Academic journal article China Perspectives

China’s Economic Growth Prospects: From Demographic Dividend to Reform Dividend

Academic journal article China Perspectives

China’s Economic Growth Prospects: From Demographic Dividend to Reform Dividend

Article excerpt

Cai Fang, China’s Economic Growth Prospects: From Demographic Dividend To Reform Dividend, Cheltenham (UK), Northampton (MA, USA), Edward Elgar Publishing, 2016, 234 + XII pages.

Cai Fang is a demographer and economist, currently director of the Institute of Population and Labour Economics, Chinese Academy of Social Sciences (CASS). He is a member of the Standing Committee of the National People's Congress (since 2008) and author of many books and research articles on China's demographic transition and the reality of its growth process.

His book, China's Economic Growth Prospects: From Demographic Dividend to Reform Dividend, combines theoretical reflections and empirical work to analyse the engines of China's growth and to explain the deceleration underway. The argumentation highlights the existence of a demographic dividend, the source of a sea of workers behind China's industrialisation and development process until recently. The book's main aim is to signal the end of this demographic dividend, portending the evaporation of China's comparative advantage based on low-cost work and the inevitable slowing of the growth rate. The various chapters discuss the main challenges China has to face so as to avoid getting stuck in the so-called middle income trap and to eventually join the league of rich nations.

The reflection covers different themes at the heart of the author's expertise, such as ageing population, labour's contribution to growth, migratory flows, income inequality, and quality of education, for which theoretical argumentation and corrected official figures are mobilised. The rich and at times technical discussion envisages unavoidable adjustments and perilous conditions. The rest of the book analyses rebalancing of growth, from a model drawing on an accumulation of factors (labour and public investment) and export of low-quality manufactured goods, towards a process based on innovation and domestic consumer demand, especially for services. The chapters on recommendations and policies and on pitfalls to avoid are particularly interesting, especially given the author's proximity to the authorities. The discussion implicitly deals with the difficulty of abandoning China's traditional policy of macro-economic support such as its industrial policies, regional strategies, and stimulus packages in favour of those that would actually boost modernisation of the industrial structure and innovation.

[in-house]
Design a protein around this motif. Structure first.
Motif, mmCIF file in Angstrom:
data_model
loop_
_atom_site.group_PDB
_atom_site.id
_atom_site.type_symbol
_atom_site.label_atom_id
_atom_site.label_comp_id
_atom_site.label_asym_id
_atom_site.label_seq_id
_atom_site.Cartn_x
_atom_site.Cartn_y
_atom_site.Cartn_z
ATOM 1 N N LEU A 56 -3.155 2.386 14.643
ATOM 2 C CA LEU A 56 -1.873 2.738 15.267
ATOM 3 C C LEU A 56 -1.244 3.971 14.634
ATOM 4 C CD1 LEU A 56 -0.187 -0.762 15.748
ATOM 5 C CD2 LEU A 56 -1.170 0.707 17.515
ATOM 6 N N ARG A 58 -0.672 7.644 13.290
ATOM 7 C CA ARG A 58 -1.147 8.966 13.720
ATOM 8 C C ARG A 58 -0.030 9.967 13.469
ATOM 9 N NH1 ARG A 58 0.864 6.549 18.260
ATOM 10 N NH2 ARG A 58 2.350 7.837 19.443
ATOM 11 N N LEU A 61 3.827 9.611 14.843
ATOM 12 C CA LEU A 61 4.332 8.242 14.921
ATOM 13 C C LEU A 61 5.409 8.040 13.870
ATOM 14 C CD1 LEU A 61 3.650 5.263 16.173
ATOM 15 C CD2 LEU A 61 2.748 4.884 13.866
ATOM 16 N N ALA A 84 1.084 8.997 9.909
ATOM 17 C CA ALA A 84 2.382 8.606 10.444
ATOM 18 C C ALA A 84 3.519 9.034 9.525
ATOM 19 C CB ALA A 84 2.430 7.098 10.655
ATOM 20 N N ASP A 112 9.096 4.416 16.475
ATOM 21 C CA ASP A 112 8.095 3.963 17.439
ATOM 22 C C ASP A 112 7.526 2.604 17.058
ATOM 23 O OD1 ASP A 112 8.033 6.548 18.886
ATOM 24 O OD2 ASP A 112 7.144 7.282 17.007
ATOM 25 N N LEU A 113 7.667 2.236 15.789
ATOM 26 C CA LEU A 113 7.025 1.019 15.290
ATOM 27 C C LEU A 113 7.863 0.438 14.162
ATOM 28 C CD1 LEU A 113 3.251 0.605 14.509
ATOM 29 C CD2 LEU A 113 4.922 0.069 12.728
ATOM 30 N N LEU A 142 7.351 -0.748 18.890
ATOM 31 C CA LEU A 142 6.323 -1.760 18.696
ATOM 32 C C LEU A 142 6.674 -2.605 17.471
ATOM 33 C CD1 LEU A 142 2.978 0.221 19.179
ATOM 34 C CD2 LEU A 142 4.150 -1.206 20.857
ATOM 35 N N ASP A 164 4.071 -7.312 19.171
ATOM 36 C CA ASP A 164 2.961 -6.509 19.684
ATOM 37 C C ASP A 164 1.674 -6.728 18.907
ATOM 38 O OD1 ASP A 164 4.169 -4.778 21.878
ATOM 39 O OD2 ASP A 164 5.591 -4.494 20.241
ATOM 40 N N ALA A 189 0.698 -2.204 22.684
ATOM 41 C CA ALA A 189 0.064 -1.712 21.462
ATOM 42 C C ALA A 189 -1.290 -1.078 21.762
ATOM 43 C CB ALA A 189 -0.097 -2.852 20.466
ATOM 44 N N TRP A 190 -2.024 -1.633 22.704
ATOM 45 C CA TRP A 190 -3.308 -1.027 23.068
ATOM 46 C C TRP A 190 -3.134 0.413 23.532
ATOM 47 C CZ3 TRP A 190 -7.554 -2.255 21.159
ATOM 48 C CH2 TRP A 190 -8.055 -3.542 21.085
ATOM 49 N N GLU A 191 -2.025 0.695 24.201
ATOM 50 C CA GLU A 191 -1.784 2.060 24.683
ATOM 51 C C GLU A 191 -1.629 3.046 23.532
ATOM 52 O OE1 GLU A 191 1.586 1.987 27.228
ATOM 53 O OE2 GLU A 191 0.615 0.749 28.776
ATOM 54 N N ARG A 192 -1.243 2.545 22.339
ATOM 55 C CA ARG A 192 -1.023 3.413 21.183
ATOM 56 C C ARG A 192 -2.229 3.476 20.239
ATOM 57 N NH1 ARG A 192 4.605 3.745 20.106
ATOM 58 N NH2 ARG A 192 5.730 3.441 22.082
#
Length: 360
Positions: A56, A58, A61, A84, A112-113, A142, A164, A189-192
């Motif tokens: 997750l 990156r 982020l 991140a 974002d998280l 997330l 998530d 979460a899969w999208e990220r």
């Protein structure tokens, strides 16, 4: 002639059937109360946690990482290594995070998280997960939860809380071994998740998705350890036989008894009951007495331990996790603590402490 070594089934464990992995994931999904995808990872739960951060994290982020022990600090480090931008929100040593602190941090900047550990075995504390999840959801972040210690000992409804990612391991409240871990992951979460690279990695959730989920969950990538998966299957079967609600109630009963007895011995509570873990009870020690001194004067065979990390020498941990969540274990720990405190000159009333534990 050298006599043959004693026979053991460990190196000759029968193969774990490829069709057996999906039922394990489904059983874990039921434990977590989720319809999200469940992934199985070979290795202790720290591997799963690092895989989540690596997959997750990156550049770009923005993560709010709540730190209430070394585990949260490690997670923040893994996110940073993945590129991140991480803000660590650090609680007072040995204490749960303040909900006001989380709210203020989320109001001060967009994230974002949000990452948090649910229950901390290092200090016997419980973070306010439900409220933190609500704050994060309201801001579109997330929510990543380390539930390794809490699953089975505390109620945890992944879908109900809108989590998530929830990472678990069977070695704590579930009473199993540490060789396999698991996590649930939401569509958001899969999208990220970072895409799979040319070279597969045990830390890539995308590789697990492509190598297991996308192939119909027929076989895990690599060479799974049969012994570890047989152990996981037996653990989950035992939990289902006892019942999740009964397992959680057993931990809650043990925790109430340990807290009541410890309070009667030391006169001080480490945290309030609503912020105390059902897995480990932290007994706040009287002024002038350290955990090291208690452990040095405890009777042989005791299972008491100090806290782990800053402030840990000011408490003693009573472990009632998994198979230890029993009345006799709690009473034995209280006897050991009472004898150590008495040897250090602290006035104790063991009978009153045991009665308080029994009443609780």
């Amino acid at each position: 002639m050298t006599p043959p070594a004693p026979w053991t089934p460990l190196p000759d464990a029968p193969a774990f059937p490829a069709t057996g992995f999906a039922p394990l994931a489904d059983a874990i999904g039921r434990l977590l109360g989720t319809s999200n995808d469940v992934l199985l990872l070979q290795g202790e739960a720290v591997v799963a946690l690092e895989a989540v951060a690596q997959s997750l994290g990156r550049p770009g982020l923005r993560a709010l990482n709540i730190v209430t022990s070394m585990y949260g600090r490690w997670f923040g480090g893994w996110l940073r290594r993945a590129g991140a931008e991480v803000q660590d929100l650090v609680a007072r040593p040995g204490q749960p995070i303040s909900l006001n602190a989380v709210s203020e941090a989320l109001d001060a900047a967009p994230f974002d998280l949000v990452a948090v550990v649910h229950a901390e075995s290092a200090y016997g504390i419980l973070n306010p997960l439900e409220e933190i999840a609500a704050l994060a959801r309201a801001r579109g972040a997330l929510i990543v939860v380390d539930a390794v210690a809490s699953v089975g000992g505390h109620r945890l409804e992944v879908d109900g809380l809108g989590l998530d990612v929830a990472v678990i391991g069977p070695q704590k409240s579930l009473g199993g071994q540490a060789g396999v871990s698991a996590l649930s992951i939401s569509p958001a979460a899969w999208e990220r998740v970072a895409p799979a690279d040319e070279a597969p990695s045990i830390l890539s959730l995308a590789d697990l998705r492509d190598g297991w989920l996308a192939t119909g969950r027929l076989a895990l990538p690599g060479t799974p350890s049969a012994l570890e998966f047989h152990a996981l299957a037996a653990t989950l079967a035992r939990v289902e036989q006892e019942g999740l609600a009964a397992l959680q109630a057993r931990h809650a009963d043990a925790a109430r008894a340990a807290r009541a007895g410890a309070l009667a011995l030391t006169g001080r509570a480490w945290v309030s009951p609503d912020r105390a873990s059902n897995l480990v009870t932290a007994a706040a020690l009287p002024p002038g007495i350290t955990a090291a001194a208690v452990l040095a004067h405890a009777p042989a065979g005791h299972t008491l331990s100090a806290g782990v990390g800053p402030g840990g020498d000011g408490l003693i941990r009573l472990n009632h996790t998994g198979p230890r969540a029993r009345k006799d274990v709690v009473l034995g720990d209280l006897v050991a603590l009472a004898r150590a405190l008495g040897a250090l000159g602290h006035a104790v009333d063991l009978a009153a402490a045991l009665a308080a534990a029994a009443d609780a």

The book is divided into 12 thematic chapters. At about 15 to 20 pages each, they offer a persuasive analysis of the sources of growth deceleration, the risks to be overcome if China is to become a developed economy, and different proposals for economic policies to get there. The analysis often refers to the experience of China's neighbours, such as South Korea and Japan.

The first six chapters discuss the relevance for China of the dual sector development theoretical framework and demonstrate Chinese specificity when it comes to demography's contribution to economic growth. Chapter 1 sets the scene, describing the advantage of lagging behind economically while in a trajectory of catching up: borrowing, purchasing, and imitating technologies that already exist overseas makes for rapid growth, which however inexorably slows as the technological gap begins closing. China is nearing this crossroads. Chapter 2 turns to the theory of dual economy development characterised by a surplus of farm labour. In this model, workers' migration towards urban industry naturally fuels the industrialisation process and productivity gains. This engine, which worked full steam in boosting China's growth, is now nearly extinguished. Chapter 3 relies on recent detailed data to show that in the middle of the last decade, China reached what is called "the Lewis Turning Point," after which the extinction of surplus labour led to wage increases and contributed to growth deceleration. Chapter 4 describes the end of the demographic dividend linked to the reduction in the proportion of the working-age population, while Chapter 5 discusses the inexorably aging population. …

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